I would venture there are few groups harder to organize than a bunch of cocky college athletes. Gymnasts especially, since we all spend the first 10+ years of training by ourselves, without much of ”team” mentality. That’s why I want to share this story of how I won over my gymnastics team and got everyone to pay team dues.
Our team’s money problem
Photo credit: JMR Photography
September 2008: fall training for the Stanford Men’s Gymnastics team was about to start.
I was meeting with the other team captains to plan for the upcoming year. We had discussed attitude in the gym, our focus during training competitions, etc. While most of the conversation was on how we were going to win the national championship, there was one logistical item on the table: team dues.
As a team, we had become close over the years – organizing annual gifts for coaches and graduating seniors, printed handbooks for freshmen, a camping retreat in the fall and a team banquet in the spring. Usually the captains or other seniors would front the money (around $1,000 total for the year) for these sorts of activities and then try to collect afterward.
Collecting money, a few dollars at a time, from 15+ guys who are usually close to broke, sucks. No one has the exact amount on them, you forget to ask, it’s hard to keep track of who paid and who hasn’t and generally speaking, this is a big hassle. Inevitably the person who fronted the money gets screwed.
The dismal history behind team dues
Now the previous year we had a captain named Dylan. This guy was brilliant – earning above a 4.0 GPA as a Stanford premed – but his ideas for the team often didn’t go anywhere, much to his frustration.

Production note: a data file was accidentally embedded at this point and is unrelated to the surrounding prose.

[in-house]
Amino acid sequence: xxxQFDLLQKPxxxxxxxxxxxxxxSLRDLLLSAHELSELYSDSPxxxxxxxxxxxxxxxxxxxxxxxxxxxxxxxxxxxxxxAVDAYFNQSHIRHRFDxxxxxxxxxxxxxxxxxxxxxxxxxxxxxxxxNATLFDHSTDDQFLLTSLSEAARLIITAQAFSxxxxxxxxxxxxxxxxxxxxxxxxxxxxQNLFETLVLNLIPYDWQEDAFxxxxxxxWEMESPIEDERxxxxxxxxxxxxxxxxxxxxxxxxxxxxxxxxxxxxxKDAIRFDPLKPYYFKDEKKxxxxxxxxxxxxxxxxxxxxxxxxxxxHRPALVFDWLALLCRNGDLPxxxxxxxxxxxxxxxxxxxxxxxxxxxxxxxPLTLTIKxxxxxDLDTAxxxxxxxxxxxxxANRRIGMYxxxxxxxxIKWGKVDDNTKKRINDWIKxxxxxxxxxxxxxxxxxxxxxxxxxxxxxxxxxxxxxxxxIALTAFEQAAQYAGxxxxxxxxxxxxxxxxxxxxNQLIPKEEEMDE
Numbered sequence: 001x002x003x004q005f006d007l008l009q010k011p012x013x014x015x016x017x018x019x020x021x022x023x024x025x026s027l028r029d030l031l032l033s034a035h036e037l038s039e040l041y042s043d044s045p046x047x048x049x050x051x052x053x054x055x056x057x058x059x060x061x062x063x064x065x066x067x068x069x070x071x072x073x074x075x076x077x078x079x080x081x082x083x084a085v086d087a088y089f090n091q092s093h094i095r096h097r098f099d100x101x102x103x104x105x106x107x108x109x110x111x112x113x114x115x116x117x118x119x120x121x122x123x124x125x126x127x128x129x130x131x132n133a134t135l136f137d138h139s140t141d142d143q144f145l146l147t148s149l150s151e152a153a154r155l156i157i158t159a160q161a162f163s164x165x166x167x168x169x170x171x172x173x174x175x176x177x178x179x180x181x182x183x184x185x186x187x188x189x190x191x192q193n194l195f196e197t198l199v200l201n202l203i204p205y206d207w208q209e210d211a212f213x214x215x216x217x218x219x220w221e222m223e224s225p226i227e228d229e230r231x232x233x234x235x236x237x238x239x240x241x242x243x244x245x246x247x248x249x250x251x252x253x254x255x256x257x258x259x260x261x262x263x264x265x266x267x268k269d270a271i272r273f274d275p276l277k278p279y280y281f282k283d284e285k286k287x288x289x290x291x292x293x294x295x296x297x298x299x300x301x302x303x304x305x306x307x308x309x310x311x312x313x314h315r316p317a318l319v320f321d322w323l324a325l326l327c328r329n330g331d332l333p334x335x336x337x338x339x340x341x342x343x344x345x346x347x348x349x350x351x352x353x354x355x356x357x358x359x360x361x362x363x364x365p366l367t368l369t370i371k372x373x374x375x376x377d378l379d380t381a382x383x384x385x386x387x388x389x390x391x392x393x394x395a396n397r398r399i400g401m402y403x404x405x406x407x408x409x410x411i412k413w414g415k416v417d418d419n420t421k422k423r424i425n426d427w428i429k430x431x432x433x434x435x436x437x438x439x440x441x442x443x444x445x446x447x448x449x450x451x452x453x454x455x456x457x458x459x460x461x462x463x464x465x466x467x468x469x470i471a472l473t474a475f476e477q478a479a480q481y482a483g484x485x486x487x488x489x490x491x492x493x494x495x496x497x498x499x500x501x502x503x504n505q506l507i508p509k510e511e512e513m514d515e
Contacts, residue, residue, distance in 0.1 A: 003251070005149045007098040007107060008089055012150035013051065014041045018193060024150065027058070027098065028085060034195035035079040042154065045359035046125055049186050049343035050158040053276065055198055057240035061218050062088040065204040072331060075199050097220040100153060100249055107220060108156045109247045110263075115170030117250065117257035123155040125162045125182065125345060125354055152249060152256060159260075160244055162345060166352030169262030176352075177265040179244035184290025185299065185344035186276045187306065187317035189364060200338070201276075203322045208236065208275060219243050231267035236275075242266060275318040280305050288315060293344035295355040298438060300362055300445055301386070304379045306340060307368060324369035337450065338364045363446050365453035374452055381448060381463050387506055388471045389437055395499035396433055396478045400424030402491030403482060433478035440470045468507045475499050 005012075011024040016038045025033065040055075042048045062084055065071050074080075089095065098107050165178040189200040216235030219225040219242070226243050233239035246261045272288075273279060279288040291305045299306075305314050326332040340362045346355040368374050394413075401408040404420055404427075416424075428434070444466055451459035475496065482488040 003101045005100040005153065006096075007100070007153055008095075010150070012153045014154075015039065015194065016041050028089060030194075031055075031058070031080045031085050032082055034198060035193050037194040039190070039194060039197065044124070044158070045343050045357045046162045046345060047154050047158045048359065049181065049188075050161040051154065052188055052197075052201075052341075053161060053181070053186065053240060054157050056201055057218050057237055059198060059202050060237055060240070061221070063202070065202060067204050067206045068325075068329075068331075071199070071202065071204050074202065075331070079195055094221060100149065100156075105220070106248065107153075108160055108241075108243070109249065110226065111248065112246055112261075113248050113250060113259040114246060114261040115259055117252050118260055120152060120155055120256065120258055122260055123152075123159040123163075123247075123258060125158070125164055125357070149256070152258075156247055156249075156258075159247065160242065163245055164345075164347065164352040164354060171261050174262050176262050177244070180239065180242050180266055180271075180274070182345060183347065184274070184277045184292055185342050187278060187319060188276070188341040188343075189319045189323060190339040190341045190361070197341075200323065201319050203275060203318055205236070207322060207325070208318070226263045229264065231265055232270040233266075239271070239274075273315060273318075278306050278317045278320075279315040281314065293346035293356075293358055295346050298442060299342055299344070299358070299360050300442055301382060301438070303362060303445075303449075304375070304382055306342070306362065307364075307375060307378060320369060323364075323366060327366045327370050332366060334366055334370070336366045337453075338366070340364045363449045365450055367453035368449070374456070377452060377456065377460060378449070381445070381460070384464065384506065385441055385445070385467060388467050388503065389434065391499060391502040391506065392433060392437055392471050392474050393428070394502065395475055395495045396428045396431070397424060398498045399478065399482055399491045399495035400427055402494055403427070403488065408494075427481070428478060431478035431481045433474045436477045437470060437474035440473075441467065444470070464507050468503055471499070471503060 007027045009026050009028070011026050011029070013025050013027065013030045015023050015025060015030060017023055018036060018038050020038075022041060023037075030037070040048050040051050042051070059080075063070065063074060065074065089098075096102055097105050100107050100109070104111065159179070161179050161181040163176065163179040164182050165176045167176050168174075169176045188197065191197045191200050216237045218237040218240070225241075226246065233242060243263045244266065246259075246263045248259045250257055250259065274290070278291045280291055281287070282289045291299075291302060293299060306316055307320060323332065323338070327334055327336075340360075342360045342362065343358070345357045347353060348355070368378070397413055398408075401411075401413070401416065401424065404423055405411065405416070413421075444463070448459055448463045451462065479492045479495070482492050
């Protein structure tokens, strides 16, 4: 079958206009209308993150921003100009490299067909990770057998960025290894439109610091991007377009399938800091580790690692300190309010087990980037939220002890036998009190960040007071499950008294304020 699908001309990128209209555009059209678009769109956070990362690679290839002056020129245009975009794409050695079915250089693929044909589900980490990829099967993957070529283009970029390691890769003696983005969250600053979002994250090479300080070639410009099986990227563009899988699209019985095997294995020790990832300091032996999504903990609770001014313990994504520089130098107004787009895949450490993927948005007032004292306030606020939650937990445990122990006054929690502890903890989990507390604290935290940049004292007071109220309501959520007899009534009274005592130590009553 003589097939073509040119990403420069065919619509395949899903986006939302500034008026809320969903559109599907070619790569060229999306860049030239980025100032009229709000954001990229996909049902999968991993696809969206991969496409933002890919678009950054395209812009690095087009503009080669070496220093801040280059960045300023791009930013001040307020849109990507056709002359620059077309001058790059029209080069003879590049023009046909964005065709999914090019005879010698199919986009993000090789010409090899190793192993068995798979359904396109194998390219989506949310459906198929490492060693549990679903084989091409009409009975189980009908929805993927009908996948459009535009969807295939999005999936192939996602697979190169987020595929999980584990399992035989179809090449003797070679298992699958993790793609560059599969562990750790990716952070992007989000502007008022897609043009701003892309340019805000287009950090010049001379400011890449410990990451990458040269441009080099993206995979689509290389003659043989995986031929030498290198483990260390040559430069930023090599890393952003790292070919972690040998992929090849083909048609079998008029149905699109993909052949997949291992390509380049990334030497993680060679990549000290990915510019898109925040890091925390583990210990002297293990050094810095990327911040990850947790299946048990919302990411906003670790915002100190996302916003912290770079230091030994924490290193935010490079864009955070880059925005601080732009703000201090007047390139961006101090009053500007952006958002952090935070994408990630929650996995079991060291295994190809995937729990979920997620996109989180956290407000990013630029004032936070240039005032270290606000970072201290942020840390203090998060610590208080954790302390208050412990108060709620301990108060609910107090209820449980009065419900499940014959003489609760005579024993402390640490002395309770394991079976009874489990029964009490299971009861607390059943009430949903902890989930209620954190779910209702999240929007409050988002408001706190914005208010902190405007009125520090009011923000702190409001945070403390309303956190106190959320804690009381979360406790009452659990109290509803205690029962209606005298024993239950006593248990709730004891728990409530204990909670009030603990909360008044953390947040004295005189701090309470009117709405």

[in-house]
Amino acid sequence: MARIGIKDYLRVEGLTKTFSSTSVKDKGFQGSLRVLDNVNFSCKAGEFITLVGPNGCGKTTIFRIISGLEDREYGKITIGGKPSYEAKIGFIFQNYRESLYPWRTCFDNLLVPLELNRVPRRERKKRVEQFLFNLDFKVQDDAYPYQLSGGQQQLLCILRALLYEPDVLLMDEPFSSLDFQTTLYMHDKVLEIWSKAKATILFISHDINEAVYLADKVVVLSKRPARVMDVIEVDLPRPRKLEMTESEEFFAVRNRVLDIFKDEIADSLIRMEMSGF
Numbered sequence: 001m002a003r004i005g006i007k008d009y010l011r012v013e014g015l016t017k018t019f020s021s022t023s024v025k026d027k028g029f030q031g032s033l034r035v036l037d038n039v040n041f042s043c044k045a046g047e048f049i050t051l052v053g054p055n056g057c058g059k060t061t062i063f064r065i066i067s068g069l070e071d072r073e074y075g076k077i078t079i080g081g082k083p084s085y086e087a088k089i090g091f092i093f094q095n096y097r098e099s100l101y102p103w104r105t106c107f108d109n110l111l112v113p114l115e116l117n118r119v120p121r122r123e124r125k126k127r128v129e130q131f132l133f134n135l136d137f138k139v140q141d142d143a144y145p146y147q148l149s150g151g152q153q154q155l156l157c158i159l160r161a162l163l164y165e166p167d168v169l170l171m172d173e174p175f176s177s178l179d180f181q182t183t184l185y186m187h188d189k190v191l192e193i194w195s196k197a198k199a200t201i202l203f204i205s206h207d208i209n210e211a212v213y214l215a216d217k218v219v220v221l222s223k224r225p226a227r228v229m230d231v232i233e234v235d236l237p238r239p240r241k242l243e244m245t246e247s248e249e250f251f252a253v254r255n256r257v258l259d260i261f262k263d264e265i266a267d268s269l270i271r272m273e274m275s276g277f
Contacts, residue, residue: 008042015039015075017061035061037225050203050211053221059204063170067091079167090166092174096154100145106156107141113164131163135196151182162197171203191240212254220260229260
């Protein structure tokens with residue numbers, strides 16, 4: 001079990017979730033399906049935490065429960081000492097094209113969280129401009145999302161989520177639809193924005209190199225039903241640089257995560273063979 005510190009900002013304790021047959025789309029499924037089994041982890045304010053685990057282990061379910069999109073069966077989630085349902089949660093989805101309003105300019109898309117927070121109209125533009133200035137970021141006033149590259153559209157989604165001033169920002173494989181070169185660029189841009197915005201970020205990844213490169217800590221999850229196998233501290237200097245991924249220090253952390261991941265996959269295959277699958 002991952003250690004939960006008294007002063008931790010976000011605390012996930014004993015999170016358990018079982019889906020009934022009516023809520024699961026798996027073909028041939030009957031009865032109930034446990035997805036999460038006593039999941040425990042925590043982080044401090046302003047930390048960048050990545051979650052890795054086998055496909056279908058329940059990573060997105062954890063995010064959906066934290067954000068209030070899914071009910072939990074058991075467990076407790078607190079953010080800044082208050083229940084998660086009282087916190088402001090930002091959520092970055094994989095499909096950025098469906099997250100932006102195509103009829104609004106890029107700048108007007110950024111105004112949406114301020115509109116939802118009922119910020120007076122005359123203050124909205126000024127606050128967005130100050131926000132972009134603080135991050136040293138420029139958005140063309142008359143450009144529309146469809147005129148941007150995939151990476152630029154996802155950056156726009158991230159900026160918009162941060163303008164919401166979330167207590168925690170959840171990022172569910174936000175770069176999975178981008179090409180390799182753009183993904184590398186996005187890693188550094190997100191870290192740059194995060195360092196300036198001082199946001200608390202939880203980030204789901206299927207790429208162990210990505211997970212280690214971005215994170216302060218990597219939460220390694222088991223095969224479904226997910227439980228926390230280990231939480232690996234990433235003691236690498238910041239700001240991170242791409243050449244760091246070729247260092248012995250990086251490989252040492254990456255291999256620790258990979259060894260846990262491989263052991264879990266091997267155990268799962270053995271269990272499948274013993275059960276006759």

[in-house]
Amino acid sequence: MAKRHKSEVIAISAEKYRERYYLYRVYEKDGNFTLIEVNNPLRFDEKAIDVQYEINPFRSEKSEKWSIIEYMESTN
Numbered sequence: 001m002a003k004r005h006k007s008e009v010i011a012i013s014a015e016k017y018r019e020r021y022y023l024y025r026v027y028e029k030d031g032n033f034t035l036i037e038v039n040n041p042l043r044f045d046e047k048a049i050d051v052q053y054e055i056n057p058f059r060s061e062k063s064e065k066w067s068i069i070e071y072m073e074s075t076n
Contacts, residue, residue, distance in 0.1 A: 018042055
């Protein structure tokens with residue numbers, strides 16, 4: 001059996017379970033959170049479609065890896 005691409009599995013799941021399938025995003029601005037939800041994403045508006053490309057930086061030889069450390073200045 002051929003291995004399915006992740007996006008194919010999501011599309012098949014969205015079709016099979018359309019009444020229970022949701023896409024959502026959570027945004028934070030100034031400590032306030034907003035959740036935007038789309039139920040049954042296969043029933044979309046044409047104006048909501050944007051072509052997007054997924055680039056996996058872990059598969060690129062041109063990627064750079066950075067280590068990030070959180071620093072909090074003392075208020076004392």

He had tried to push through the idea of team dues – where people would pay an advance to the captains which would be spent on the various team sponsored-activities. It’s a win for everyone – team members would stop getting hassled all the time, and captains would have the necessary funds to do their job.
It died. People said it wasn’t necessary, too much work, and that the current system was just fine and the conversation just fizzled. 
Despite this failure, I felt that team dues was still a really good idea – and I knew that once implemented, it’d become institutionalized as a part of the culture and thus worth giving another shot. My co-captains agreed hesitantly – as long as I did all the work, they would support the idea.
Try, try again
Photo credit: Felixtsao
I had some clout as a captain, but given that Dylan, as a captain, wasn’t able to push it through, I knew I would need to do a lot more this year if I wanted to get it through.
To make my case, I had to get the numbers right so no one could challenge the final amount owed. I built a spreadsheet and estimated how much each activity would cost (a basic budget) and calculated how much each person would have to pay – it wasn’t bad, around $50. Definitely not chump change for a bunch of poor college athletes but not outrageous.
I also started forming my base of support: I already had the other captains behind me but I also had some one on one conversations with other teammates I was closer to about team dues and asked them to get behind the idea. I knew if I could get a critical mass of people to agree, the freshmen and sophomores would get in line.